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The Democratic Strategist

Political Strategy for a Permanent Democratic Majority

Political Strategy Notes

Christian Paz has a post up at Vox, “Are young voters really embracing Donald Trump?,” which sheds some light on Democratic concerns about younger voters. As Paz writes, “Just about every national poll seems to show that Biden is underperforming with young people compared to his 2020 results as well as polls at the same point in the 2020 cycle. But the crosstab results of some of these surveys also suggest that Biden is not only losing ground; Trump is gaining support. That’s an especially surprising result for the famously progressive and Democratic-leaning youth vote….Instead of looking at any single poll, take their sum view, conveniently updated every month in this cross-tabulation tracker from the former Democratic pollster Adam Carlson. Regardless of whether you look at the 18–34 or 18–29 subgroups that are often used in polling young voters, it’s clear that Biden is underperforming his 2020 numbers. In March 2024 polls alone, that shift from 2020 for those adults aged 18–29 was about 13 points toward Trump, even though Biden still holds an overall advantage of 11 points in the aggregate. Among adults aged 18–34, Trump holds a slight lead of about 1.5 percentage points. And this has generally been consistent when looking at the aggregate results of January and February 2024 polls as well….Trump’s favorability rating among the youngest cohort of voters has been steadily increasing. As of the end of 2023, that improvement has brought his standing with adults aged 18–34 back from a post-January 6 low point right to the same support he had on the eve of the 2020 election, according to Gallup polling. Other polls, like the Economist/YouGov’s surveys, found that by February 2024, Trump’s favorability among those under the age of 30 had finally turned positive, improving about 30 points since February 2021….The Harvard Youth Poll in December, for example, showed Trump had an edge over Biden on a range of key issues with younger voters. On the economy, Trump had a 15-point lead; on national security, he had a 9-point lead; on the Gaza war, Trump led by 5 points; and on “strengthening the working class,” Trump had a 4-point advantage. Biden, meanwhile, had an edge on climate change, abortion, education, and “protecting democracy,” among a few other issues….Polls specifically of young voters, like the Harvard Youth Poll, continue to show a large Biden advantage with younger voters (it was 11 points in December). They show that among the youth most likely to vote, Biden has an even bigger advantage (24 points)….61 percent of young voters view Trump very negatively compared to just 44 percent who feel like that about Biden. “If young voters are defecting from Joe Biden, they’re not doing so out of any affinity for Donald Trump,” write the Split Ticket authors. So instead of a Trump youth rise, we’re seeing a collapse of youth support for Biden….Even this month, the results of two high-quality national polls, one from Quinnipiac University and another released by Fox News, showed conflicting realities. In Quinnipiac’s survey, the results for young adults aged 18–34 gave Biden a 20-point advantage over Trump. Meanwhile, Fox’s survey showed that adults aged 18–29 backed Trump with an 18-point margin. This 38-point gap seems illogical, even if there are some discrepancies with the cohorts used in the surveys.”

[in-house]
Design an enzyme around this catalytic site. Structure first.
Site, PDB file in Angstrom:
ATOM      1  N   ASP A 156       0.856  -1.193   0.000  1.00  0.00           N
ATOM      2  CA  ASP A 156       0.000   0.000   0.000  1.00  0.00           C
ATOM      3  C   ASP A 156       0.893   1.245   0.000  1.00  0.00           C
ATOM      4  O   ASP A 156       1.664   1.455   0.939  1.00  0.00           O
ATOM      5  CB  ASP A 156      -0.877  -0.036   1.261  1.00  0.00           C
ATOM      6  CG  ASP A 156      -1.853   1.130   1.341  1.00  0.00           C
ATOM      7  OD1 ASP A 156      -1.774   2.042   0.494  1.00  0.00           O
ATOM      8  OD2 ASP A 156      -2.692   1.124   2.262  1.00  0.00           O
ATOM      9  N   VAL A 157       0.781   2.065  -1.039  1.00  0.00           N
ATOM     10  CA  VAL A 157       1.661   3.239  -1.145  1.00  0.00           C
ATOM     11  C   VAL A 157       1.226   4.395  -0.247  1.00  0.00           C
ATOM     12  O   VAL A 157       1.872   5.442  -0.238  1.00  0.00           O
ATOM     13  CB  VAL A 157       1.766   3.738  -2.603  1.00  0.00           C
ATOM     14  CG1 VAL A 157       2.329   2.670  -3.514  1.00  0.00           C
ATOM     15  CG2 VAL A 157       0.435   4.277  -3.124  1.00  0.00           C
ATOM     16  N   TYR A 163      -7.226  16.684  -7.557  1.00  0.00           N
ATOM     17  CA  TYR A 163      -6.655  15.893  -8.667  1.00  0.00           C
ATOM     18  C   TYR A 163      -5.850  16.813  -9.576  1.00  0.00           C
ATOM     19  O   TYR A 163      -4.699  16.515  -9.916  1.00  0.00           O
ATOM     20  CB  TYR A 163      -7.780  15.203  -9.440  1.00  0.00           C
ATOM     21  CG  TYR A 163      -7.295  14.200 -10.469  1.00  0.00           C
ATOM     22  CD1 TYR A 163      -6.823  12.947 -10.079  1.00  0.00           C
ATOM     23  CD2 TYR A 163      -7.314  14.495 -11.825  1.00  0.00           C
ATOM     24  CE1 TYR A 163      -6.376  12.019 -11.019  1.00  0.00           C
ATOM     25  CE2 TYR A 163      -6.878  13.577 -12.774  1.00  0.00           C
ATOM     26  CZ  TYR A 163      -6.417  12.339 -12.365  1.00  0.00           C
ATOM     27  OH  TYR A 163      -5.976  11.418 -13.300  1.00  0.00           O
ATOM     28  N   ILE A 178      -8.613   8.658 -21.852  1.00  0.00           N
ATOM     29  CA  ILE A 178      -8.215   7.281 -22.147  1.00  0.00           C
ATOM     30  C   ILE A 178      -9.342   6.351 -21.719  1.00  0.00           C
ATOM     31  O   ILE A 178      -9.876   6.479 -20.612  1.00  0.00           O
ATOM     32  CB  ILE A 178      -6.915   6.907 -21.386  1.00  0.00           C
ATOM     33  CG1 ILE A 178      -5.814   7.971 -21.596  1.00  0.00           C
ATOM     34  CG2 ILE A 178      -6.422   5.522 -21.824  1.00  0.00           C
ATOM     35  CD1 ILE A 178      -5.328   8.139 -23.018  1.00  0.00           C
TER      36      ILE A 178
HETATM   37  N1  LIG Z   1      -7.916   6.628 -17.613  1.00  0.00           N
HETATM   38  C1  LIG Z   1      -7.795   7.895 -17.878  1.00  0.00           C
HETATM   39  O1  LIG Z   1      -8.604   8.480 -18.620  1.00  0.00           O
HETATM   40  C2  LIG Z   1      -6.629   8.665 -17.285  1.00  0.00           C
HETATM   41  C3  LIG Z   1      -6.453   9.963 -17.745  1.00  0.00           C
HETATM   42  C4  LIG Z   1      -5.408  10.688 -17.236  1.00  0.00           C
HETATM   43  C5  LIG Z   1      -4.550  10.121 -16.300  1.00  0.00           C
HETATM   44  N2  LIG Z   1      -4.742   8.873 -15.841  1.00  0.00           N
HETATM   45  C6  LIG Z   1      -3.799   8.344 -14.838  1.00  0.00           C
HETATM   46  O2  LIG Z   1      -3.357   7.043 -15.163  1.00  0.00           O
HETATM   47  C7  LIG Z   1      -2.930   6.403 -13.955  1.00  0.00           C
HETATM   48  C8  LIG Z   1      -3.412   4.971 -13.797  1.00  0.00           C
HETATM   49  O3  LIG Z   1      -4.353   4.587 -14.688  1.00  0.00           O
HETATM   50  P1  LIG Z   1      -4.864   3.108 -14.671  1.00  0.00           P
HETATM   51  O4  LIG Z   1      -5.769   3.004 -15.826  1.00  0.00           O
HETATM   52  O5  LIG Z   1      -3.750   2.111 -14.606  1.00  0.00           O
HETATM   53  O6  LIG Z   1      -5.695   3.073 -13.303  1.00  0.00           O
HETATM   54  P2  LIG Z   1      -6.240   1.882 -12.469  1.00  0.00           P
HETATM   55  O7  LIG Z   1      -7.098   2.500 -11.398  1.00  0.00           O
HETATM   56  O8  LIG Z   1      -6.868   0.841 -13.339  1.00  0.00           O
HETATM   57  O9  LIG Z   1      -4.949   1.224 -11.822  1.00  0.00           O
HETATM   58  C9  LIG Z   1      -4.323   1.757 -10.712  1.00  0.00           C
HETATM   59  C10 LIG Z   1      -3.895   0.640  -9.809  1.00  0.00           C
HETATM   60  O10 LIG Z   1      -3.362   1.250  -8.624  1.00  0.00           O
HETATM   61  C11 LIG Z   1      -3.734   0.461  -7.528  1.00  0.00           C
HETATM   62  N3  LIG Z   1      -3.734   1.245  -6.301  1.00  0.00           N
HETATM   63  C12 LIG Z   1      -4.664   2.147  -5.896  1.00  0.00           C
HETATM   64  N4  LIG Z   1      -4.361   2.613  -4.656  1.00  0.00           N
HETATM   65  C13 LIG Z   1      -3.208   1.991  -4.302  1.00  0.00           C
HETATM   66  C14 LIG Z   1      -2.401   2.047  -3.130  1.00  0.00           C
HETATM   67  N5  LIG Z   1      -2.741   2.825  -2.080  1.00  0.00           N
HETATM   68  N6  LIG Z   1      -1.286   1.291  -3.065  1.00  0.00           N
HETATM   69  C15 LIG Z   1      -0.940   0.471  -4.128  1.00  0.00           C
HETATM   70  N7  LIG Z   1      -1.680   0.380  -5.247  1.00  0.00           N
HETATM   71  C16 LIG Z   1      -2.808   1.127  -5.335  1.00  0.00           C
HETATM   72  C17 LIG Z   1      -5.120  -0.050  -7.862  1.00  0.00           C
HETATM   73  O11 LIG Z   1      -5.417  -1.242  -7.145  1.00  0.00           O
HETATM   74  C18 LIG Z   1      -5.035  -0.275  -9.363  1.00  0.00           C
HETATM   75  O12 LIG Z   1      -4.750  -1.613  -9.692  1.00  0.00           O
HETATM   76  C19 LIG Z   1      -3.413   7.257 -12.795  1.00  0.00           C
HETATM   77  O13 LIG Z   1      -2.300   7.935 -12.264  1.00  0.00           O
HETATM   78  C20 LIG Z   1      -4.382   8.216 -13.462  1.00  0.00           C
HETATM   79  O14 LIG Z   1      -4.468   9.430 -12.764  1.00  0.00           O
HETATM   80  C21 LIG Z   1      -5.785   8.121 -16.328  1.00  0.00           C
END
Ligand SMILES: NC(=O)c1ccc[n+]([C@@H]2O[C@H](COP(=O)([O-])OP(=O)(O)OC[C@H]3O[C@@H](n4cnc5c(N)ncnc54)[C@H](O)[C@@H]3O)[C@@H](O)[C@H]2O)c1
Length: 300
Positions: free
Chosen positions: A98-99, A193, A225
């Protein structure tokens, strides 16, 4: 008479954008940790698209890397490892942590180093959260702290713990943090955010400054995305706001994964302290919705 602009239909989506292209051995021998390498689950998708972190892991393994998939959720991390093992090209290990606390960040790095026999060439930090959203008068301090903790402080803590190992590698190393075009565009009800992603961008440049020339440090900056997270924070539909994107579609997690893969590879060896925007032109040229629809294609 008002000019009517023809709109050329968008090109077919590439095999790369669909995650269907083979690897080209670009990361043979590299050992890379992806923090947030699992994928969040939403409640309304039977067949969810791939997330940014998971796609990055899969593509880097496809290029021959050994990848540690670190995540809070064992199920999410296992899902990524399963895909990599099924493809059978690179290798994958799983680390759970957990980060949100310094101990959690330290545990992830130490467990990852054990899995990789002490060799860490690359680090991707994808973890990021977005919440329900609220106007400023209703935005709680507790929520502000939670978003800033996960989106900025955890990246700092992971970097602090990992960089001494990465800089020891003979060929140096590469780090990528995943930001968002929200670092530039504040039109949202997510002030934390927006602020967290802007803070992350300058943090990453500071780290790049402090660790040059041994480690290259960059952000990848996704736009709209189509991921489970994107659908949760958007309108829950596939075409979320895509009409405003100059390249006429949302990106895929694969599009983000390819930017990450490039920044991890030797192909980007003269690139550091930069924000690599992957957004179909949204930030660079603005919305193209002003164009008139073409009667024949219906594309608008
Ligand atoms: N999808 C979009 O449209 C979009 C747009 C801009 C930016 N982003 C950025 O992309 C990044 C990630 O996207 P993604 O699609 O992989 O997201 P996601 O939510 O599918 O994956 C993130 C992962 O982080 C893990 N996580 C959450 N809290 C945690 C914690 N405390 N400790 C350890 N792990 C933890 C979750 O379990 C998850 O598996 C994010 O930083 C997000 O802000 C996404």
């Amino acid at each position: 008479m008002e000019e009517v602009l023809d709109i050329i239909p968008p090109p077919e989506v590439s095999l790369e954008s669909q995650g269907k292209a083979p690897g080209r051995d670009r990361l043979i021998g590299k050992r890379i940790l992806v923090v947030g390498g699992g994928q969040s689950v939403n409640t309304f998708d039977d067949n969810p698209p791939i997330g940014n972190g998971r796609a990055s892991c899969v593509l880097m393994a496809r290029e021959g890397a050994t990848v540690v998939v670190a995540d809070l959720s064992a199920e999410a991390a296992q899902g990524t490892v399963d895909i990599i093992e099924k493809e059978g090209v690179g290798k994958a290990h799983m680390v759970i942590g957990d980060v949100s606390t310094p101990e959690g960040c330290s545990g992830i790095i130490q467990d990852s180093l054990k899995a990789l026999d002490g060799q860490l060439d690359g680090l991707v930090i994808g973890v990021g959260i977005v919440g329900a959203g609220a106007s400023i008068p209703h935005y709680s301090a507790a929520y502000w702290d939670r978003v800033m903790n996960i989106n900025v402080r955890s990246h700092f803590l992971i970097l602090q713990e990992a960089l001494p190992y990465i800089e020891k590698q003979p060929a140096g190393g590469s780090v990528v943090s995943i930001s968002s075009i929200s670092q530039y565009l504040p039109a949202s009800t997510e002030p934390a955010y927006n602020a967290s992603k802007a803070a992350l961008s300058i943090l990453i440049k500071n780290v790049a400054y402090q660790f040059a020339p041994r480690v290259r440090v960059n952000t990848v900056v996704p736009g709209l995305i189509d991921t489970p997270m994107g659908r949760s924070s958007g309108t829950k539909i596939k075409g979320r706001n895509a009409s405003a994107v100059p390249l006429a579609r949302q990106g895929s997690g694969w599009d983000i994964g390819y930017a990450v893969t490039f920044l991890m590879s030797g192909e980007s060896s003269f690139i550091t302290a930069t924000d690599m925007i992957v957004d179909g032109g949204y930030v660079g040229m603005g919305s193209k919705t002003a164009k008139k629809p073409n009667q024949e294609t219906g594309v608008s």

Is Arizona now a more bluish shade of purple, thanks to the state Supreme Court ruling upholding a 160-year old law that outlaws and criminalizes nearly all abortions? Probably is my guess. As Kristine Parks writes at foxnews.com, “The ruling comes on the heels of a Wall Street Journal poll conducted before the ruling, which found a majority of Arizonans sided with President Biden over Trump on the issue of abortion.” Parks reports that CNN commentator Margaret Hoover said in an interview that “the ban was unpopular with Republican voters in the state and would “absolutely impact the presidential election.” Parks adds that “Hoover, who is married to Democratic congressional candidate and former CNN senior political analyst John Avlon, insisted that the Arizona ruling showed how Trump’s defense of states’ rights on abortion could backfire in the election….”How’s it going? It’s not going to go so well for him in Arizona,” Hoover argued, denouncing the “draconian” law without exceptions for rape or incest.” Further, writes Parks, “Trump issued a statement on abortion rights on Monday, one day before the Arizona Supreme Court ruling….In a video posted to his social media platform, Trump argued that abortion rights should be a state issue decided by the “will of the people.”…. “The states will determine by vote, or legislation, or perhaps both, and whatever they decide must be the law of the land — in this case, the law of the state,” Trump said. “Many states will be different. Many states will have a different number of weeks… at the end of the day it is all about the will of the people.”….His statement drew the ire of some pro-life activists, who believed it was a victory for Democrats.” Joseph Choi and Nathaniel Weixel report at The Hill that “The Civil War-era law makes abortion a felony punishable by two to five years in prison for anyone who performs or helps a woman obtain one. It includes an extremely narrow exception for “when it is necessary” to save a pregnant person’s life.” Even Arizona Republicans are shook up by the ruling, as  Carter Sherman and Lauren Gamboino report at The Guardian: ““This is an earthquake that has never been seen in Arizona politics,” said Barrett Marson, a Republican consultant in Arizona, of the decision. “This will shake the ground under every Republican candidate, even those in safe legislative or congressional seats.”